Vicious circle, that.

So when I was talking to my mother on the phone and told her that we had rosellas on our basil bush she was a little confused.

In her experience rosellas are usually grown on a rosella bush.

How many parrots does it take to make jam?
... approximately none!

Friday, July 9, 2010

Pea & Ham Soup with Louisa Musgrove

Masterchef I ain't.

And there are many reasons for that...

...But sometimes all you need is a little help.

I have never made Pea and Ham soup before, but I carefully froze the ham bone from Christmas, and had time today to give it a go. Fortunately the packet of split peas had a recipe on the back, which I intended to follow.

The first thing is to take your packet of dried split peas and reconstitute them according to the instructions.

So I carefully washed them and put them into a pot with the appropriate amount of water (3 cups of water for each cup of peas). I got the ham bone out of the freezer to defrost, then left the peas to soak and bone defrost while I had some lunch.

Then I noticed that the difference in cooking time between peas that have soaked over night and peas that are being boiled immediately was all of 10 minutes. So I put them on the stove and brought them to the boil, then reduced the heat to allow them to simmer for 35 minutes.

The pot boiled over - all over the bench and floor.

Then I noticed that the peas were becoming very broken up and suspended in the liquid in a way that made me doubt the wisdom of following the instructions and draining the liquid. I would not have had many actual peas left to make the soup with. So I compromised and put the ham bone, other vegetables and spices in the existing water and went with that.

Having already boiled the pot over, I was wise enough not to leave my pot unattended. I decided that I'd sit and read my book at the dining table and carefully selected the chair at the end of the table that allowed me to see the stove at a glance between paragraphs.

I'm on a bit of a Jane Austen kick this week. I've been sick and haven't felt like reading heavy stuff. I'm in the middle of "Persuasion" and, for those who are familiar with the story, I was coming up to the part when they visit Lyme - lyrical descriptions of the town and surrounding scenery, with the slight anxiety in the back of my mind about the tragic accident coming up.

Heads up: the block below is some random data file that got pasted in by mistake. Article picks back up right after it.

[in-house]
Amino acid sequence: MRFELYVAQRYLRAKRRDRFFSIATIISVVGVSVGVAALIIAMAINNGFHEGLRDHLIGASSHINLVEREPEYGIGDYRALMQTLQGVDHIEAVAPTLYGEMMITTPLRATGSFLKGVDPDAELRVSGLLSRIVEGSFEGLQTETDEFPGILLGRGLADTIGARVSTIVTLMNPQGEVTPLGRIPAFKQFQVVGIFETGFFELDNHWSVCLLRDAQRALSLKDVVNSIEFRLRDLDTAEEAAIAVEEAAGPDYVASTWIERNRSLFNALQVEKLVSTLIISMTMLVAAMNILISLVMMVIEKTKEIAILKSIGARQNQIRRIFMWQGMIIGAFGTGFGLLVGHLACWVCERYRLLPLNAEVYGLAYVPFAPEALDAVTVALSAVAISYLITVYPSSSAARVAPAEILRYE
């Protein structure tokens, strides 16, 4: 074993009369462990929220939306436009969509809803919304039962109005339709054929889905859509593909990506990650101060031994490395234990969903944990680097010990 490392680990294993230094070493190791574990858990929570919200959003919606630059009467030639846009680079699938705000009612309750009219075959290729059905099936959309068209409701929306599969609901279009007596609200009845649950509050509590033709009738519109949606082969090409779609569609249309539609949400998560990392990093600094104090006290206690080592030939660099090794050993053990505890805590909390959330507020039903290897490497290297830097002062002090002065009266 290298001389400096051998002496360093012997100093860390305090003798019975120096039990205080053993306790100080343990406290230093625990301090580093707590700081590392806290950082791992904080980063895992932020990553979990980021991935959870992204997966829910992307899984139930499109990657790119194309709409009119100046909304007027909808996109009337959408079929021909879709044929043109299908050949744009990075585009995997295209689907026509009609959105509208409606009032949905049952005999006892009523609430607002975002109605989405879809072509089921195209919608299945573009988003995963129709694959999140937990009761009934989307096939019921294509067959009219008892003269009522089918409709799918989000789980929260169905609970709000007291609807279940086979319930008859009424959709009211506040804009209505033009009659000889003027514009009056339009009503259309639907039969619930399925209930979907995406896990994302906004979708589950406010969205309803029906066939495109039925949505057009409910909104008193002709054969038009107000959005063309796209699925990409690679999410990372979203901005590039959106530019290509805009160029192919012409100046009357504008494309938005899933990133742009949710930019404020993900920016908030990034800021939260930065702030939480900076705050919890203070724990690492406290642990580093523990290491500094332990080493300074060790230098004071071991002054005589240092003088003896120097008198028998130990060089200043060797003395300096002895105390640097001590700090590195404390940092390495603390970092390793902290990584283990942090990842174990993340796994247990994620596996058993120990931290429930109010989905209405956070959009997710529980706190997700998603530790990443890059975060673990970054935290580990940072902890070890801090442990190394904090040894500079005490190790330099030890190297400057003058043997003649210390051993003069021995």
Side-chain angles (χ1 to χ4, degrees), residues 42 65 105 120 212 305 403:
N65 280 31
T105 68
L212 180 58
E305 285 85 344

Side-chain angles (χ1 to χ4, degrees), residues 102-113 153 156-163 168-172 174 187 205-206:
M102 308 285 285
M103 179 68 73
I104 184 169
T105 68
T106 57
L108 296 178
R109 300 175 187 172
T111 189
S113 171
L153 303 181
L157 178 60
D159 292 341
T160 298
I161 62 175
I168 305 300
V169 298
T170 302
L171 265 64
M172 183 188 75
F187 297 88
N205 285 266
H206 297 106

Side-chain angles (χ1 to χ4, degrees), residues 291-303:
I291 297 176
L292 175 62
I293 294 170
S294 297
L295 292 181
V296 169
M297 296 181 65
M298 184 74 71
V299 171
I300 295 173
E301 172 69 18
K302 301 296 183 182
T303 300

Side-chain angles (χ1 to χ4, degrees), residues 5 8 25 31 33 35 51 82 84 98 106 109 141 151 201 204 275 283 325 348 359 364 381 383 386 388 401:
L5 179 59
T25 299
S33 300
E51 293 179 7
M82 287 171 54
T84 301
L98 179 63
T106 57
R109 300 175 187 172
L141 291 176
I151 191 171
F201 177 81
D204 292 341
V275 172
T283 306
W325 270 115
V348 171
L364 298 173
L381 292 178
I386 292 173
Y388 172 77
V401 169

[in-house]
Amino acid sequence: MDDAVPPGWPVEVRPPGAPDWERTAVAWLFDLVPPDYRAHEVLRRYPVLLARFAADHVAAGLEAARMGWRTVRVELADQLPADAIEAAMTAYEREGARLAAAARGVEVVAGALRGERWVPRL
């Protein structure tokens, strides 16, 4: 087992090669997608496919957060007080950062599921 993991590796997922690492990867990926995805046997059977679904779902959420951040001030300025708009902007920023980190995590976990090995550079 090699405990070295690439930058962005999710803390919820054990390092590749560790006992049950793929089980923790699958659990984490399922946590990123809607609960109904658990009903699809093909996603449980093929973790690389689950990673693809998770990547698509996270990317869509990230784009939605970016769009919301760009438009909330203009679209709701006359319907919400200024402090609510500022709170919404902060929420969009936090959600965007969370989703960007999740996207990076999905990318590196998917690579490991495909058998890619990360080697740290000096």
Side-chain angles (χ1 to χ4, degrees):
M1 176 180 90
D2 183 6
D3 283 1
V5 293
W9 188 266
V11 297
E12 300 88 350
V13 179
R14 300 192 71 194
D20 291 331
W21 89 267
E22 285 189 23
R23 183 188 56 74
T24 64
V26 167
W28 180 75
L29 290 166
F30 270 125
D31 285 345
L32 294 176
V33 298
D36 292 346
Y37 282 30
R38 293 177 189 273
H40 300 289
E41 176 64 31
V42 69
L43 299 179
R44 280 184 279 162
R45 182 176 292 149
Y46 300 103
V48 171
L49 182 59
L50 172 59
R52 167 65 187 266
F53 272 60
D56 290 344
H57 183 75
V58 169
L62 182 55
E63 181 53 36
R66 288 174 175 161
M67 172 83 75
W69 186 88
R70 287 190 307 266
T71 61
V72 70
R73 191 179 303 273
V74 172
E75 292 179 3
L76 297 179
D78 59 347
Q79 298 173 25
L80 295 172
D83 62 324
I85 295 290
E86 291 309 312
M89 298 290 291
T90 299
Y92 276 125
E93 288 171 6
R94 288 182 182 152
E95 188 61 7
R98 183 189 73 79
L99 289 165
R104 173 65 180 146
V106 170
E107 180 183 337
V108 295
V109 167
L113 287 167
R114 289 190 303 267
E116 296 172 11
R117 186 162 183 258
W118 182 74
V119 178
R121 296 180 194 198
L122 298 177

So I was reading about the swelling of the blue-grey tide watched by the tourists at a time when I should have been paying attention to the inexorable swelling of the green tide from the pot on my stove.

Thankfully Pea and Ham soup is thick enough in consistency to simply run all over the bench. It didn't make it to the floor.

How many thanks do I offer to Louisa Musgrove for claiming my attention at the fatal moment?

... Approximately None!

Wednesday, July 7, 2010


There was always going to be some tension in our household today when our ninth wedding anniversary clashes with a State of Origin footy match.

Or at least, there was huge potential as soon as my Beloved informed me when he returned home this afternoon that it was the final State of Origin tonight.

But, for the record, he then informed me that I was more important than the footy.

Then he went and got us some Chinese takeaway from our favourite place because I'm still not well enough to go out in the cold and wet.

And he loves me despite mucous, whey-face, unwashed hair and dark circles under my eyes.

And how much attention would I pay to anyone who told me that he's not the most wonderful Beloved that there happens to be in the Whole Wide World?


But for some reason he's off watching TV right now. I wonder what's grabbed his interest?

Monday, July 5, 2010

It's a Good Thing my Dog knows Sign Language...

Well, he doesn't really. But when we were training him there were certain gestures that went alongside some commands, and I must admit it is useful at times to be able to send him off without words.

Especially today, when the cold in my head has almost entirely removed my voice from usefulness. I can manage an impassioned whisper with occasional squeaks or croaks.

It was frustrating when planning worship for a couple of weeks time not to be able to sing the verse of a song so that everyone knew the tune I was thinking of.

And answering the phone today has been a riot, particularly when woken from a drug-induced doze and totally getting confused about precisely who was answering my message from when. I actually corrected my caller as to who she was.

For the record, she was right.

Anyway, it is frustrating for someone who... well... talks easily not to be able to effectively communicate. Particularly when a Little Black Dog is in the wrong place, and you want him to come in, but you can't inject the appropriate command with sufficient authority to get him to obey. He did follow the finger-snap and point. Quickly. Good Dog!

The number of words I've managed today?

... Approximately None!